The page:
Career Comparison: Welder vs. Machinist

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While welders and machinists have some apparently similar duties, there is a significant difference in their job descriptions. The common confusion is understandable, because of the traditional assumption that their tasks and training are similar. However, welders, cutters, solderers and brazers have more specific and limited responsibilities than machinists.

Formal Education Options and Differences

The complexity of new technology and systems has changed the historical methods of learning valuable trade skills. Most employers these days demand that applicants have a solid educational foundation. You can accomplish this by completing a well-rounded skilled trades training program at a vocational school. The training for welders and machinists demonstrates the difference between the two professions.


Tulsa Welding School, with campuses located in Oklahoma, Florida and Texas, seeks to give students all the education they need to understand and apply the common duties of a welder. The majority of study time is devoted to practical hands-on welding training, with a minimum of theoretical classroom instruction. Students learn a variety of welding duties and techniques. They learn the differences between structural, pipe, aircraft, and pipeline welding and the difference between SMAW, MIG, TIG, High Frequency TIG, and Fluxcore welding. This prepares graduates to have a valuable background in multiple welding methods and techniques.


While machinists may need to learn basic welding techniques, their study can also include operation of computer numeric control (CNC) equipment, more traditional tool and die mechanical machinery, some math classes and use of common equipment, such as power grinders, die maker tools, presses and calipers. This diverse education prepares machinist graduates to either generalize or specialize in the future. For example, machinists may focus on CAD-CAM (computer-aided design and computer-assisted manufacturing) or electro-mechanical technologies instead of tool-and-die generalization.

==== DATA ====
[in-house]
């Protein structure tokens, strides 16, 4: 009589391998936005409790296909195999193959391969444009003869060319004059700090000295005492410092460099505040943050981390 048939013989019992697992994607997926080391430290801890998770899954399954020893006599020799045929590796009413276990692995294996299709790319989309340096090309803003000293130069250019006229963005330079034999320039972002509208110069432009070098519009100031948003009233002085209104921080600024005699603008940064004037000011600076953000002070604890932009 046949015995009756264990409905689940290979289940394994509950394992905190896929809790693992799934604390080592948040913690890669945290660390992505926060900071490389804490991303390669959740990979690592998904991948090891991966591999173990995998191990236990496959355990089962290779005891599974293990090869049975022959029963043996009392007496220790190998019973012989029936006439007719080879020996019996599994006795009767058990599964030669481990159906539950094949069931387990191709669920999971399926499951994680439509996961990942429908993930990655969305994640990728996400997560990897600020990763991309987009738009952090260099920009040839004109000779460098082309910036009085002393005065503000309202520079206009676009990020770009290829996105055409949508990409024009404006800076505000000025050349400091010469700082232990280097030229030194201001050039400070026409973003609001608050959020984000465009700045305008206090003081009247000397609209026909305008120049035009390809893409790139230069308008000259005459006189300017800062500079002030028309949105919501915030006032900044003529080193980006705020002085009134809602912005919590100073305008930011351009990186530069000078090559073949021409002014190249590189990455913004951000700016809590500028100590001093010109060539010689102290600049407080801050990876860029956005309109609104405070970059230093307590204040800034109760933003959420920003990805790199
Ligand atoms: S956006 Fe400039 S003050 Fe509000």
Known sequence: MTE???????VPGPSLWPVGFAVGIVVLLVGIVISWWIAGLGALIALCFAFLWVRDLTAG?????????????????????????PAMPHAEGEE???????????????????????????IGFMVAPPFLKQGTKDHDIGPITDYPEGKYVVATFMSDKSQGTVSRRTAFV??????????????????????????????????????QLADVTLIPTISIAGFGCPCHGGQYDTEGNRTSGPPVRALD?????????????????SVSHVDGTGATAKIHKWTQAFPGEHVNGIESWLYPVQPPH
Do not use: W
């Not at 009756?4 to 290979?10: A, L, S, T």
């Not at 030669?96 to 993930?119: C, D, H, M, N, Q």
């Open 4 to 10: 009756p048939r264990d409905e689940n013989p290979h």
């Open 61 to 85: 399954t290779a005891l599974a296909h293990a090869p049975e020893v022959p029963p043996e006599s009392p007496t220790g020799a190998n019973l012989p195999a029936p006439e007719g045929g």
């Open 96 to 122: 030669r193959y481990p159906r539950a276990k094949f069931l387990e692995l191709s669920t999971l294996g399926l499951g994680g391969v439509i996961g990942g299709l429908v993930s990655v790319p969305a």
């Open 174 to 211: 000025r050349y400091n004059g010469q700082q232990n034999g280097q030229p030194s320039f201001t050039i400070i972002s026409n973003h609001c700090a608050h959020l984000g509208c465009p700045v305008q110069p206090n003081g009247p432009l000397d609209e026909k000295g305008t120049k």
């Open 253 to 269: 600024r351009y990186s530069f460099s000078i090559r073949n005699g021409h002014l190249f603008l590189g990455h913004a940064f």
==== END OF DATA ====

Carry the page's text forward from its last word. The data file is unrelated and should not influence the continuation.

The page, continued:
Career Options and Job Outlook

Both welders and machinists earn good salaries in a wide variety of industries. According to the US Bureau of Labor Statistics ((BLS), 1 welders and machinists may face slower than average job growth (about 6 percent) through 2022, getting the proper education foundation will help both specialists enjoy decent job security.

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Both welders and machinists need a minimum high school diploma to get entry-level jobs. However, most career observers recommend that new welders should definitely take advantage of postsecondary welding school to get the educational background that gives them knowledge on the latest techniques and equipment. Prospective machinists should focus on getting additional education, taking useful machinist-related courses at technical schools.

Students who have an industry preference, such as automotive or aerospace, should focus on study that offers more specific courses on the industries they favor. Prospective welders may choose to focus on a professional welding certificate or welding degree, with courses for a variety of industry-specific welding techniques. Similarly, machinist students may choose to take courses related to computer-controlled and more traditional mechanical equipment.

Earnings Outlook

According to the BLS, median salaries for both occupations are close. Welders earn around $36,000 per year, however, welders with more schooling and experience can earn more. Machinists 2 earn a bit more with median pay (as of 2012) at about $41,000 annually.

According to the Milwaukee Business Journal, both welders and machinists earn “respectable” earnings. While entry-level compensation is similar for both occupations, just over $30,000, salaries increase for experienced workers. Welders with experience average over $46,000 per year, while veteran machinists average over $54,000 annually.

Additional Sources

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